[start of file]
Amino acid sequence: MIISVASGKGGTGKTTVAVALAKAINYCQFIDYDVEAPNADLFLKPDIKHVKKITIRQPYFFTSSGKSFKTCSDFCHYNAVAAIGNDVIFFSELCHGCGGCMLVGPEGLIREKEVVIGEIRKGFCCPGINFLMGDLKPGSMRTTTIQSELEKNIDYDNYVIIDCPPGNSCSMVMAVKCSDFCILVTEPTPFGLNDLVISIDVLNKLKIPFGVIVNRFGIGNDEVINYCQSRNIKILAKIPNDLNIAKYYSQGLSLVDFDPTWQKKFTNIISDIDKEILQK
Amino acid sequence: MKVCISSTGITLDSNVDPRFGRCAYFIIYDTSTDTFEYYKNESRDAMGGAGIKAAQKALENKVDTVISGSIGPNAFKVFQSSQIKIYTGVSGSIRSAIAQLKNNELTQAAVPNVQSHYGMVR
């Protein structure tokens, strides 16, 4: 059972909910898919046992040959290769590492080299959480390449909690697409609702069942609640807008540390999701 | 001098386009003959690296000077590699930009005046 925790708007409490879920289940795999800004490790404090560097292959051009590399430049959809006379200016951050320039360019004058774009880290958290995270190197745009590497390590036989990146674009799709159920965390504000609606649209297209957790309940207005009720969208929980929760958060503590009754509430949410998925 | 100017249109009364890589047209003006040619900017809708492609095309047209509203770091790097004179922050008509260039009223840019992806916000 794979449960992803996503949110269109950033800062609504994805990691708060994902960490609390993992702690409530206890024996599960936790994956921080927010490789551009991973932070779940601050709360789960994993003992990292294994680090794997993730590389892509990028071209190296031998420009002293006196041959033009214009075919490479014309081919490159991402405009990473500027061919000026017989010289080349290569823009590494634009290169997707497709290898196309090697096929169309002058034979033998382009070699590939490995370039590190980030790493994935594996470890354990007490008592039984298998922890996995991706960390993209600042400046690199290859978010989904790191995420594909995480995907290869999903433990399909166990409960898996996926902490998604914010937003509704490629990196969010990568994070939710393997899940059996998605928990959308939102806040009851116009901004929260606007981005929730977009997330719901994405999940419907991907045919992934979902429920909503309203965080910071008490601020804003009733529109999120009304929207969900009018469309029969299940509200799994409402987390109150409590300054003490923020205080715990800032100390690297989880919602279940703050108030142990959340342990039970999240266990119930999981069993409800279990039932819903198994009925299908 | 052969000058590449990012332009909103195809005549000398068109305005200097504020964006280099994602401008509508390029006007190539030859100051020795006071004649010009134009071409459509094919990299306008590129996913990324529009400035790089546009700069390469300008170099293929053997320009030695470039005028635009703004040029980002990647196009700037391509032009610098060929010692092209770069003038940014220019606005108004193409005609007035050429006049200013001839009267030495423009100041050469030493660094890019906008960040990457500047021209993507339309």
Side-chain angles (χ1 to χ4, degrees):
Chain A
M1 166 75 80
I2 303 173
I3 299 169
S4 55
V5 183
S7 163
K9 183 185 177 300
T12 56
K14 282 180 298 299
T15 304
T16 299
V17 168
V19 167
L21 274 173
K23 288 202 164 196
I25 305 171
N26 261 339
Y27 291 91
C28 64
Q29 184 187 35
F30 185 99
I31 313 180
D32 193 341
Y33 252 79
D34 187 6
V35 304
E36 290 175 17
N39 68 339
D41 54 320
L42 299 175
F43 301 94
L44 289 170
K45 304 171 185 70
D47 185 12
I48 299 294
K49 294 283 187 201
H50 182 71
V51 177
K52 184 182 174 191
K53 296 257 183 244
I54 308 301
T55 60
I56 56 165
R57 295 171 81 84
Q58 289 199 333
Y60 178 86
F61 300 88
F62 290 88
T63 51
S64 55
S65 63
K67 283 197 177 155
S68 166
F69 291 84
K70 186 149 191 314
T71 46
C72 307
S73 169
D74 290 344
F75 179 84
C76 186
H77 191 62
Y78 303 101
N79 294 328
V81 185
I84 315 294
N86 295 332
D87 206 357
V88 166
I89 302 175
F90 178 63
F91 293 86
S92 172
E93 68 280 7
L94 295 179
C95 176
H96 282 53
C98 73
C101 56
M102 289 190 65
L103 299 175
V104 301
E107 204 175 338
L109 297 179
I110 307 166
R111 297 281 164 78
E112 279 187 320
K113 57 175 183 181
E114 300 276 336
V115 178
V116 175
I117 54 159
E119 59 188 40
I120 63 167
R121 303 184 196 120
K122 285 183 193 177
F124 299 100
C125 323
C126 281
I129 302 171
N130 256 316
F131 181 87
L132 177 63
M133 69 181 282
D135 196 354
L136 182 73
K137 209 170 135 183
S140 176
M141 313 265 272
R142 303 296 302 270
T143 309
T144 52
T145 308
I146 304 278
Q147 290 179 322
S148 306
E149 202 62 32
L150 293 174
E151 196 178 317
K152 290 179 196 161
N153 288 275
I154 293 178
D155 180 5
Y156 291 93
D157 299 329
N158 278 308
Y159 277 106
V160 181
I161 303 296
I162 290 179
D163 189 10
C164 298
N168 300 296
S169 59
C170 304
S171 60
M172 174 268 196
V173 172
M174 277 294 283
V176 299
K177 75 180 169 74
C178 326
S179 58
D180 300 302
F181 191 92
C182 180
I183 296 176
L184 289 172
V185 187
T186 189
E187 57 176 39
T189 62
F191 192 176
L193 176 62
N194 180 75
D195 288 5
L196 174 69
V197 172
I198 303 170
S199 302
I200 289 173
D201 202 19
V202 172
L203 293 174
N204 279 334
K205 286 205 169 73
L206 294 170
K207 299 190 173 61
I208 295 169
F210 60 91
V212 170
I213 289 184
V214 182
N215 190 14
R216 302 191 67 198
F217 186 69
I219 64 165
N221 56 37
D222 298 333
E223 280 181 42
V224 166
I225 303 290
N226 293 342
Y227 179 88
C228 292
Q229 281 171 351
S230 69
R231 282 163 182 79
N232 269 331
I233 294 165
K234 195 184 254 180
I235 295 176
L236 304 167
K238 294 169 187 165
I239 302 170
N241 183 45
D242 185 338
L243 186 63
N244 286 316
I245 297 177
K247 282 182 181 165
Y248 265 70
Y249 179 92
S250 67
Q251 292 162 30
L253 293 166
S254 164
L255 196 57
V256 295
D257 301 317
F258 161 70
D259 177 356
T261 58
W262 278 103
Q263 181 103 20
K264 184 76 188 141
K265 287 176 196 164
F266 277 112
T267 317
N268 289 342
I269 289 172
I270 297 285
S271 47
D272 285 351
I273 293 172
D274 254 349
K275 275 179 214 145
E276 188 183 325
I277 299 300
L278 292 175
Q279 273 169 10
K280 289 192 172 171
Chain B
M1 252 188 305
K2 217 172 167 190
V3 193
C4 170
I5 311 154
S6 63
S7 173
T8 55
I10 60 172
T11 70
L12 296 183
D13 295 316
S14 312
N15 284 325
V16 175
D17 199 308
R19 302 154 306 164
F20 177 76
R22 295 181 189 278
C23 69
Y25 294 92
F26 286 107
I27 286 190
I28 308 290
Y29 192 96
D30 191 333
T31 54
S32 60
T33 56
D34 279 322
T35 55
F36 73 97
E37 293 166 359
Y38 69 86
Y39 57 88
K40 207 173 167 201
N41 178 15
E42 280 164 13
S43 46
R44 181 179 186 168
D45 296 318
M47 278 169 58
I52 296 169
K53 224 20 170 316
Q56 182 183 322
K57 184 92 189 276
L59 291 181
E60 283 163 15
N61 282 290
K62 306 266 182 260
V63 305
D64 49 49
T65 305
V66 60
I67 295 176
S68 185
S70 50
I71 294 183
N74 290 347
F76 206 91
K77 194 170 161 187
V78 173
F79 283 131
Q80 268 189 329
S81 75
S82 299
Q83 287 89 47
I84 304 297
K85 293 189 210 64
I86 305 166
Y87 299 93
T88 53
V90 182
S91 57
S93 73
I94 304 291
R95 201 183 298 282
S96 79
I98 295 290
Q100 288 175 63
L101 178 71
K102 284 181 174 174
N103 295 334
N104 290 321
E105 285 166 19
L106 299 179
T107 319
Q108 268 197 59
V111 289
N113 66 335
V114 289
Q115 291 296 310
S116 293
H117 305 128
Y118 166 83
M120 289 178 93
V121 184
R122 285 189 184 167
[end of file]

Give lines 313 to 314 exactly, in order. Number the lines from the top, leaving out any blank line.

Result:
S93 73
I94 304 291